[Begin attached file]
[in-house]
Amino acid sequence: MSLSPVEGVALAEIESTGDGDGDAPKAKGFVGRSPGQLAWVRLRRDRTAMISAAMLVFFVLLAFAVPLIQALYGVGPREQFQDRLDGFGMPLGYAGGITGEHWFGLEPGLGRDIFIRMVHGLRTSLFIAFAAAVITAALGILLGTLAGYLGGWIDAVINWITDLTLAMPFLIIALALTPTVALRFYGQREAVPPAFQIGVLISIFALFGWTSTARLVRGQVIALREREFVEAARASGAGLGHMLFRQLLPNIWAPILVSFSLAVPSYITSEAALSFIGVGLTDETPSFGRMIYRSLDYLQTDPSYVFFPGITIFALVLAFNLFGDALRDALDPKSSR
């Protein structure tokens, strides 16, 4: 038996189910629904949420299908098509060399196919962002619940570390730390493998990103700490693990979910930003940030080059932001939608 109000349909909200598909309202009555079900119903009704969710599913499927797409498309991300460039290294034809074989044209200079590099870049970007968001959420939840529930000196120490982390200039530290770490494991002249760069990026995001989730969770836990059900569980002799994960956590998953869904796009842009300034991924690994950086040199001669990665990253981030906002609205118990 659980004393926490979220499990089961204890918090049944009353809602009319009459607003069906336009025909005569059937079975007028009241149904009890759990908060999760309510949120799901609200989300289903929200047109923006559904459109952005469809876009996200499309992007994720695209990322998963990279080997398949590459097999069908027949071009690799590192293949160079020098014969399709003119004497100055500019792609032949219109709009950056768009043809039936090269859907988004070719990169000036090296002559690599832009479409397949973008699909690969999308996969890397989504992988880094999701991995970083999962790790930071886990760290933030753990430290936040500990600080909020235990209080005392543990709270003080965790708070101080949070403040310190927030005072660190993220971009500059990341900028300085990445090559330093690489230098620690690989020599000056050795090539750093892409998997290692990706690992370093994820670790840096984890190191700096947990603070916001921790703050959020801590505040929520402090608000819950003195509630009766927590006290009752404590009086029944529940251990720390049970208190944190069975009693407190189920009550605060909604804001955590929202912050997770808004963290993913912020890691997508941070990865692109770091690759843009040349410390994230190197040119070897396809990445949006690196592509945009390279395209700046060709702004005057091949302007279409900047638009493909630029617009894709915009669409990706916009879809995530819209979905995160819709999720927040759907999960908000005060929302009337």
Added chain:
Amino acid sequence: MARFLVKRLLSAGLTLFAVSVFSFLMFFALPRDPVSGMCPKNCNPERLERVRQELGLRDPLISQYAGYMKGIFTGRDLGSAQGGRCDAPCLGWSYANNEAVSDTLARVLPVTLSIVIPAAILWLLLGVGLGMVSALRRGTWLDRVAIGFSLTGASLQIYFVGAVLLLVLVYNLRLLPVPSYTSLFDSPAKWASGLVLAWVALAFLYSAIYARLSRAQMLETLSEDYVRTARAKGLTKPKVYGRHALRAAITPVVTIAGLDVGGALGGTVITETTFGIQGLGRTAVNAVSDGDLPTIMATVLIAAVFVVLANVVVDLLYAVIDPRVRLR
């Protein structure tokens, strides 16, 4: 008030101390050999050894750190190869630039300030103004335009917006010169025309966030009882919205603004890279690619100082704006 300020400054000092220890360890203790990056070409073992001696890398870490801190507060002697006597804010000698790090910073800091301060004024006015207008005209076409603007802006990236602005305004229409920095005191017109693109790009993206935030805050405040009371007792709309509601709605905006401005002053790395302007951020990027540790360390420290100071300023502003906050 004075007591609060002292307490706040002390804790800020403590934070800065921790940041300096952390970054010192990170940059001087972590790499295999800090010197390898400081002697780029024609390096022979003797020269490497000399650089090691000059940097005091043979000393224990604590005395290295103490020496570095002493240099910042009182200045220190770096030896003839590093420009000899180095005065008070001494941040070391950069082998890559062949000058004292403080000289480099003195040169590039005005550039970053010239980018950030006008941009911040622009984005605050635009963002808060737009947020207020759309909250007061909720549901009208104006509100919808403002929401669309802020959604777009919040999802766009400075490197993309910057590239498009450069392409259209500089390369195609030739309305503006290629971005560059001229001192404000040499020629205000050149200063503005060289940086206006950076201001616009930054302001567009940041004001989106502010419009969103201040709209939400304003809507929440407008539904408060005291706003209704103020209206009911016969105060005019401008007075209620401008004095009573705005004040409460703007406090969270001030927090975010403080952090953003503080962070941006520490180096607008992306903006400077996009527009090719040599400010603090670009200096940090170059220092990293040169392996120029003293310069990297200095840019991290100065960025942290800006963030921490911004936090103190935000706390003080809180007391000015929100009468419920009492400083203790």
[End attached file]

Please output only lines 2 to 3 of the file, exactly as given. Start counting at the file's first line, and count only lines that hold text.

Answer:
Amino acid sequence: MSLSPVEGVALAEIESTGDGDGDAPKAKGFVGRSPGQLAWVRLRRDRTAMISAAMLVFFVLLAFAVPLIQALYGVGPREQFQDRLDGFGMPLGYAGGITGEHWFGLEPGLGRDIFIRMVHGLRTSLFIAFAAAVITAALGILLGTLAGYLGGWIDAVINWITDLTLAMPFLIIALALTPTVALRFYGQREAVPPAFQIGVLISIFALFGWTSTARLVRGQVIALREREFVEAARASGAGLGHMLFRQLLPNIWAPILVSFSLAVPSYITSEAALSFIGVGLTDETPSFGRMIYRSLDYLQTDPSYVFFPGITIFALVLAFNLFGDALRDALDPKSSR
């Protein structure tokens, strides 16, 4: 038996189910629904949420299908098509060399196919962002619940570390730390493998990103700490693990979910930003940030080059932001939608 109000349909909200598909309202009555079900119903009704969710599913499927797409498309991300460039290294034809074989044209200079590099870049970007968001959420939840529930000196120490982390200039530290770490494991002249760069990026995001989730969770836990059900569980002799994960956590998953869904796009842009300034991924690994950086040199001669990665990253981030906002609205118990 659980004393926490979220499990089961204890918090049944009353809602009319009459607003069906336009025909005569059937079975007028009241149904009890759990908060999760309510949120799901609200989300289903929200047109923006559904459109952005469809876009996200499309992007994720695209990322998963990279080997398949590459097999069908027949071009690799590192293949160079020098014969399709003119004497100055500019792609032949219109709009950056768009043809039936090269859907988004070719990169000036090296002559690599832009479409397949973008699909690969999308996969890397989504992988880094999701991995970083999962790790930071886990760290933030753990430290936040500990600080909020235990209080005392543990709270003080965790708070101080949070403040310190927030005072660190993220971009500059990341900028300085990445090559330093690489230098620690690989020599000056050795090539750093892409998997290692990706690992370093994820670790840096984890190191700096947990603070916001921790703050959020801590505040929520402090608000819950003195509630009766927590006290009752404590009086029944529940251990720390049970208190944190069975009693407190189920009550605060909604804001955590929202912050997770808004963290993913912020890691997508941070990865692109770091690759843009040349410390994230190197040119070897396809990445949006690196592509945009390279395209700046060709702004005057091949302007279409900047638009493909630029617009894709915009669409990706916009879809995530819209979905995160819709999720927040759907999960908000005060929302009337």